8. If you’re using a pre-made mix, make sure to match up the number of gallons it makes with the number of gallons your machine makes… you don’t want to start mixing for 10 gallons and later find out your machine can only hold 5 gallons (rookie mistake, but it happens).
  9. Water always goes in last.
  10. For specific recipes, try searching Google for some fun ideas.
  11. If you want to get adventurous and start mixing up your own frozen concoctions, like our friends over at Snow and Co, start off with pre-made mixes first, and once you have that down, try creating your own mixes. Just remember, don’t put anything chunky in the frozen drink dispenser – everything going in should be nice and smooth.
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Protect Food Allergy Sufferers in Your Restaurant

Protect Food Allergy Sufferers in Your Restaurant

There are more than 15 million people in the US with food allergies, and catering to this crowd could equal extra revenue for your restaurant. If your menu utilizes one of the eight common allergy ingredients (peanuts, tree nuts, fish, crustacean, eggs, milk, wheat, and soy), it’s time to learn how to protect your guests with food allergies, as well as your business.

We recommend starting by designating a front of the house person on your staff to become the “expert” in food allergen concerns. That person should be the only one that takes orders from food allergen guests. That designated person will serve as the liaison between the customer and the back of house to ensure the ticket‘s dietary restrictions are properly addressed.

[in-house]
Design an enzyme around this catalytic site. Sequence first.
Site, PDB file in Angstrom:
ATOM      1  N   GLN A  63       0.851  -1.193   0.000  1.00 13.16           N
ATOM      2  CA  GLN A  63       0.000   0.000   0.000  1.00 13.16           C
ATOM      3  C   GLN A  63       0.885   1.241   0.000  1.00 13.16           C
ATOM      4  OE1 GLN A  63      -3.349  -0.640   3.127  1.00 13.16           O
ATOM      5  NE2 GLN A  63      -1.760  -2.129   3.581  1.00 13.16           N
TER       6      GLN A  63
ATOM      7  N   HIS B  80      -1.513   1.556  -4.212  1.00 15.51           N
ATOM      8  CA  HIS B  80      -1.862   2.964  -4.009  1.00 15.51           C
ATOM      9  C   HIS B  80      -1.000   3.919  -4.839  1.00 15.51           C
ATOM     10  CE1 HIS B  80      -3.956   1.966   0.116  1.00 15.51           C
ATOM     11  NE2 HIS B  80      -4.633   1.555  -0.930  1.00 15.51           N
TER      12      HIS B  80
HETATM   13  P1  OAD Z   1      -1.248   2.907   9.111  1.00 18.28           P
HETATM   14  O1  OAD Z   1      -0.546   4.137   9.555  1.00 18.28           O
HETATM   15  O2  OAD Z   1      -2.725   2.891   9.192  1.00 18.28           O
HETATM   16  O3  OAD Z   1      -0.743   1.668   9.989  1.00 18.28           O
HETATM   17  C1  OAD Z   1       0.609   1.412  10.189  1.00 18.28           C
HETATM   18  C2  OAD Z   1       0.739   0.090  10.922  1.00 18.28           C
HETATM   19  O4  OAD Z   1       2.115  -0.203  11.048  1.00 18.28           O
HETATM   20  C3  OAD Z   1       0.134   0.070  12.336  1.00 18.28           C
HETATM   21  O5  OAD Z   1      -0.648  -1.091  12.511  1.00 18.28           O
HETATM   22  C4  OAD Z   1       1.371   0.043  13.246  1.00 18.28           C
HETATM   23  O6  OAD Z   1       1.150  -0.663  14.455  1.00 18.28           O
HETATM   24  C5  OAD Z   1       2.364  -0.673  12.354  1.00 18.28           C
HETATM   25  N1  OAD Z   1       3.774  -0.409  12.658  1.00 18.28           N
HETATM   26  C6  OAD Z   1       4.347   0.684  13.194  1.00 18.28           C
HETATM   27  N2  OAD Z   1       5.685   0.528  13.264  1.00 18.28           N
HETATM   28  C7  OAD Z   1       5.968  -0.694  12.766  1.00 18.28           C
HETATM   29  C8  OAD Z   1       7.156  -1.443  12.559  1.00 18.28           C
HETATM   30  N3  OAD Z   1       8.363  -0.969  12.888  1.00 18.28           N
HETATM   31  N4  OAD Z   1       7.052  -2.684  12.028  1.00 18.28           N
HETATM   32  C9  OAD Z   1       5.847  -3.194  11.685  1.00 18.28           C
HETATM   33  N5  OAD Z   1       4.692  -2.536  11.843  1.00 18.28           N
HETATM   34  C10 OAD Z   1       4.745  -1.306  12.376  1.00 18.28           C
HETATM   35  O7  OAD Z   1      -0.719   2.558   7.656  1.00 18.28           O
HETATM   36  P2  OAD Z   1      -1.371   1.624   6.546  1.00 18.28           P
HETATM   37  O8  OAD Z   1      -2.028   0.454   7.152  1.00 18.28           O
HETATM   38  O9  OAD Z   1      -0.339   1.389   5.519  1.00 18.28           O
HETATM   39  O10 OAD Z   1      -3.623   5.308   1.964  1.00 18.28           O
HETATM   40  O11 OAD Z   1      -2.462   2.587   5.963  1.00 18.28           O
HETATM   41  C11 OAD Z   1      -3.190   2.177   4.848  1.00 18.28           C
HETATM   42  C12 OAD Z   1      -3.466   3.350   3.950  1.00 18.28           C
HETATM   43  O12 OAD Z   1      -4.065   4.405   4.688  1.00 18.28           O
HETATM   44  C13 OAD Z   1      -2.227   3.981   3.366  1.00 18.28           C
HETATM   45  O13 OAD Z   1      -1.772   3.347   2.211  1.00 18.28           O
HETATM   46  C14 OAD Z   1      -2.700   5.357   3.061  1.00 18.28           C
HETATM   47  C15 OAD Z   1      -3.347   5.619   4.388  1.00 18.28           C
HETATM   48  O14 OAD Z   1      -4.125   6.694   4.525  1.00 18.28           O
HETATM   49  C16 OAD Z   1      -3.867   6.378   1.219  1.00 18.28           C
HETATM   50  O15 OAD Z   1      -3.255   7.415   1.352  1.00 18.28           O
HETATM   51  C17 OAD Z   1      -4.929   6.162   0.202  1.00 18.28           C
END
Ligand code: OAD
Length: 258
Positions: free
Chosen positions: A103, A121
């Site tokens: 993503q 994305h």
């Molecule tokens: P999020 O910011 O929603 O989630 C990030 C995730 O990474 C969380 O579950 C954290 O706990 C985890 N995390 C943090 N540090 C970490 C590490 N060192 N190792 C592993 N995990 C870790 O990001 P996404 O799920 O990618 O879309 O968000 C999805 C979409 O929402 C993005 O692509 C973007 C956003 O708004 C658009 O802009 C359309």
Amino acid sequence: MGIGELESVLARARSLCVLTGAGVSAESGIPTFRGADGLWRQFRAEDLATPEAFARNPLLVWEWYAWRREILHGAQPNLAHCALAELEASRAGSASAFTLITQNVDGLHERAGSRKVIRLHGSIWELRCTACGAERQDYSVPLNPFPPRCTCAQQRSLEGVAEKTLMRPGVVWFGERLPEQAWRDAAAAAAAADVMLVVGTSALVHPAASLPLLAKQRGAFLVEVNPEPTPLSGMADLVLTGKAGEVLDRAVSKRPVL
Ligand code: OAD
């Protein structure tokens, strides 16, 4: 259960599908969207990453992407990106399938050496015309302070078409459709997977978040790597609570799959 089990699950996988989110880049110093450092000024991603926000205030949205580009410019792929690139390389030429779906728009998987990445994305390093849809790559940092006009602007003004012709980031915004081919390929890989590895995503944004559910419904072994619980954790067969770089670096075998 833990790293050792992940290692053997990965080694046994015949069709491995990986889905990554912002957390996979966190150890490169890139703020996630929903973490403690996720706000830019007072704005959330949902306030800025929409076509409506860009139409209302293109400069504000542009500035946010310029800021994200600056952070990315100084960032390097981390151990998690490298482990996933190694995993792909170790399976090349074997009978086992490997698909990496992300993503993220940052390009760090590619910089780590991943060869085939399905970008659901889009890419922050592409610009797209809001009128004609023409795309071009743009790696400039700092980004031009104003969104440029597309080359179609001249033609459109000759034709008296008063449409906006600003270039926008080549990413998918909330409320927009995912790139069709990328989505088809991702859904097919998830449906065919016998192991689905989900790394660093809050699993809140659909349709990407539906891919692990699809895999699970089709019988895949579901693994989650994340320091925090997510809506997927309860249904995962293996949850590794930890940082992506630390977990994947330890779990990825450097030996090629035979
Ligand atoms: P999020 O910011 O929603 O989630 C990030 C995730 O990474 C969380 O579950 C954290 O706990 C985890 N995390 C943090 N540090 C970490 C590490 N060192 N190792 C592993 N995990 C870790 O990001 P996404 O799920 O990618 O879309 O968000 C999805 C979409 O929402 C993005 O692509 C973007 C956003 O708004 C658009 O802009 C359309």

It’s then up to the back of house team to ensure that the appropriate tools and foods are segregated from allergen contaminated food stations and utensils – even the tongs and turners need to be kept separate to prevent spreading allergens . Remembering to do all of this is made easy with the Allergen Saf-T-Zone System from San Jamar. It’s a designated kit that comes with its own set of tongs and turners, as well as a 10” chef’s knife and 12 x18” cutting board, all in purple of course. The purple helps remind everyone that, that particular meal has some sort of allergen restriction that needs to stay out of contact with other foods.